Great wine service? Pour it on
YOU’VE ordered the 2003 Yangarra Estate Vineyard Old Vine Grenache, and the server brings you the 2004 -- but you don’t notice until he’s already left the table. He’s poured so much in each glass that you can’t swirl it around -- but ack! It’s way too warm.
Is there any way to prevent such a wine nightmare?
In the last few years, Los Angeles has truly become a city of wine lovers, and restaurants have risen to the occasion with seriously interesting lists. But wine service hasn’t necessarily kept pace.
There are some strategies you can use to head off bad wine service -- and have a much better dining experience as a result. But first you have to know what good wine service looks like.
When you’re seated and the menus are handed around, a wine list should arrive too. Most sensitive servers and hosts will place it in a neutral position on the table (some tent it in the middle, which can result in a bit of “capture the flag” activity). Others will read the table and target the person who seems to be seeking out the list. Still others will simply ask who would like to make the wine selection -- that’s probably the most diplomatic.
But you’re entitled to as many wine lists as you’d like, and should ask for more if you need them.
If the restaurant has a sommelier, he should find his way to the table shortly after the server has made the first greeting to offer his services.
Who’s in the know
IF a restaurant does employ a sommelier, chances are good that appropriate service will follow. But many restaurants -- even those that do take wine seriously -- don’t have a sommelier. Nevertheless, there is probably someone on hand who knows the wine list -- it could be a wine director or a manager who put together the list. As you look over the wines, it makes sense to involve someone knowledgeable from the staff. If you show your seriousness by asking for expertise, chance are the restaurant will take extra care with your wine service.
In some cases, your server may be a go-to person. Ask if he knows the list pretty well. If he says no, insist on seeing someone who does. If he says yes, ask some specific questions. You might choose two wines you’re considering and ask how they’re drinking. Then listen.
Does he seem knowledgeable and confident in describing them? Or does he seem as though he’s making it up as he goes along?
If you’re uncertain, watch him like a hawk; even if you don’t have someone with polished skills, you might be able to guide him ever so gently into the kind of service you want.
Once you’ve made your selection, while the wine is being dispatched, examine the glasses on the table. Most fine restaurants these days pay close attention to stemware and use glasses from European crystal suppliers such as Riedel, Schott Zwiesel and Spiegelau. These are generally lighter, thinner, larger and more balanced than the dinky old clunky standbys. At this point in history, if you find yourself in a restaurant with undersized, thick and graceless glasses, it’s a pretty good indication that wine is not a priority.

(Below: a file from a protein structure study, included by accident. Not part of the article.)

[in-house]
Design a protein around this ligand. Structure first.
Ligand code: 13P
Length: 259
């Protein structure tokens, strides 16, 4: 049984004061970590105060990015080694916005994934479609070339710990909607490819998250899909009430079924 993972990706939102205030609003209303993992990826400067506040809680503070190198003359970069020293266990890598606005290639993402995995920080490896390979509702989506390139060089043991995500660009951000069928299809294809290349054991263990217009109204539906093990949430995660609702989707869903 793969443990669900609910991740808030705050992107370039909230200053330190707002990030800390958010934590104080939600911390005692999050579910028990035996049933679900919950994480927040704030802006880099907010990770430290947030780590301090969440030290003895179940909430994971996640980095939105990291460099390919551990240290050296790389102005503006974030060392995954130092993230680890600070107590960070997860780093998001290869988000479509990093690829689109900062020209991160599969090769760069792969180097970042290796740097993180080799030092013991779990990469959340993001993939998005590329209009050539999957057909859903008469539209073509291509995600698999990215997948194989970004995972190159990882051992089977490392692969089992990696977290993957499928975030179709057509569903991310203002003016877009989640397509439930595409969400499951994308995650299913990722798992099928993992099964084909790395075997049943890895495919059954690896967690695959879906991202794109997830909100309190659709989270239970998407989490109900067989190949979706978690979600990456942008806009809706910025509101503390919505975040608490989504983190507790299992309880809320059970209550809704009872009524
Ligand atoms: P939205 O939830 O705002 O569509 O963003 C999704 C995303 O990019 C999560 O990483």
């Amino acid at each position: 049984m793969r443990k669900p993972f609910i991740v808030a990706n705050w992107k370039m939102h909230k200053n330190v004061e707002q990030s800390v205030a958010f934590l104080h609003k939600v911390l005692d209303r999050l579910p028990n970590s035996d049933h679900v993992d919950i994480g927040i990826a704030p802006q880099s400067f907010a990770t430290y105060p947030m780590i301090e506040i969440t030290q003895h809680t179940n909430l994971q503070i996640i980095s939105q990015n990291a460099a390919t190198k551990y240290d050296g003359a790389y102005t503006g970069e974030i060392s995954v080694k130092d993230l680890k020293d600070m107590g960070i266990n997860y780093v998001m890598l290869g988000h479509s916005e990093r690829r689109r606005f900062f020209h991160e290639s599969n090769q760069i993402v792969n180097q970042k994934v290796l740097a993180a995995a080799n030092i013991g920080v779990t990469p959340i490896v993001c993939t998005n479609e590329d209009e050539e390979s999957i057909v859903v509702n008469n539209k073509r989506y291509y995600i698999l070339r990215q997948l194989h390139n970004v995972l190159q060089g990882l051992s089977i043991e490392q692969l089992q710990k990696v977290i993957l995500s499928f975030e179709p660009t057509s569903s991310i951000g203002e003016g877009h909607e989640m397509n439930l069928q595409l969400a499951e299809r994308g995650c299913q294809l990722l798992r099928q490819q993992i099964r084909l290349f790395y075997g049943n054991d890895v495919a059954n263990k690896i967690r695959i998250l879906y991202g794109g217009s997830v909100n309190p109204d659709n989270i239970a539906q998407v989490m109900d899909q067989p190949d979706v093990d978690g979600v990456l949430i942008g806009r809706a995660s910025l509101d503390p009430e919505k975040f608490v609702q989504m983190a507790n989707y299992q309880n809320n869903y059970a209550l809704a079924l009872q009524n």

Occasionally restaurants will offer a better glass for the pricier bottles on their list, or for those diners who care about the wine. Look around at the other tables and see what they’re drinking from. Don’t be afraid to ask for an upgrade -- you’re paying for the experience, you should make the most of it.
Now give the empty glass a sniff to be sure it has no smell. If it smells like detergent, ask for a new glass.
The server returns to present the bottle -- to you, the person who ordered it, not anyone else (you’re the one who knows what you ordered). If the server presents it to someone else (say, to a man at the table, when it’s a woman who ordered it), this is the moment to politely and firmly insist on what’s correct. This is no mere ceremony; countless mistakes are made at this juncture, so double-check the winery, the appellation, the vineyard and especially the vintage. Occasionally a sommelier will point to each of these things on the label. To me it’s a good sign; I know I’m in competent hands and the sommelier is taking care of me.
The server then takes out his wine key and cuts the foil, uncorks the wine and deposits the cork, dry-side down, for you to inspect.
If you’re dealing with a sommelier or the manager who put the list together, this is the perfect moment to ask a few questions -- how did he discover this wine? What can he share about the winemaker or the place the grapes were grown? Most sommeliers, as authors of their wine lists, are proud of their wines; if you express interest in their efforts and focus, they’ll become more engaged and treat your table with more attention.
Moreover, chances are good that the person before you has parlayed a degree in the humanities into a career in wine, in part because the wine field has so much history and so many stories to learn and to tell. All wines taste better with some context, and all sommeliers love telling stories.
As for the cork, there’s some professional disagreement as to whether it should be presented at table. On one hand, if the wine has been spoiled, poorly stored or is “corked” (tainted with the chemical compound TCA), the evidence turns up here first, so you might want to see it. But some sommeliers think that the cork is unsightly, and so has no place on the table, and that it’s easier to detect corked wine by smelling the wine itself.
Now the server pours a taste: again, to the person who ordered the wine. He should pour a healthy amount -- at least an ounce -- something you can swirl and work and sink your nose into. Concentrate and smell, taking care to notice any off odors in the aroma.
A few trendy restaurants use stemless O glasses by Riedel (or a knockoff version). The crystal is fine, but they’re difficult to swirl, and they present a bit of awkwardness during the tasting ritual: The bottom is flat, so quite a lot of wine must be poured for a taste.
If you’re in a restaurant with a sommelier and you’ve ordered a very old wine (say a Bordeaux from the ‘80s or earlier) or if the wine is from the top end of the list, the sommelier will often taste the wine himself, away from the table.
Some restaurants reserve this service for very expensive wines -- say, a $400 cult wine. Others care so much about what they’re presenting you that they’ll taste every bottle (this is the case at Cut steak house in Beverly Hills, for example; at Il Grano in West Los Angles, wine director Peter Birmingham tastes every bottle over $50). This is face-saving for the sommelier and for you: He’ll know what the wine is supposed to taste like, and the preemptive tasting ensures that you’re getting a bottle in good condition.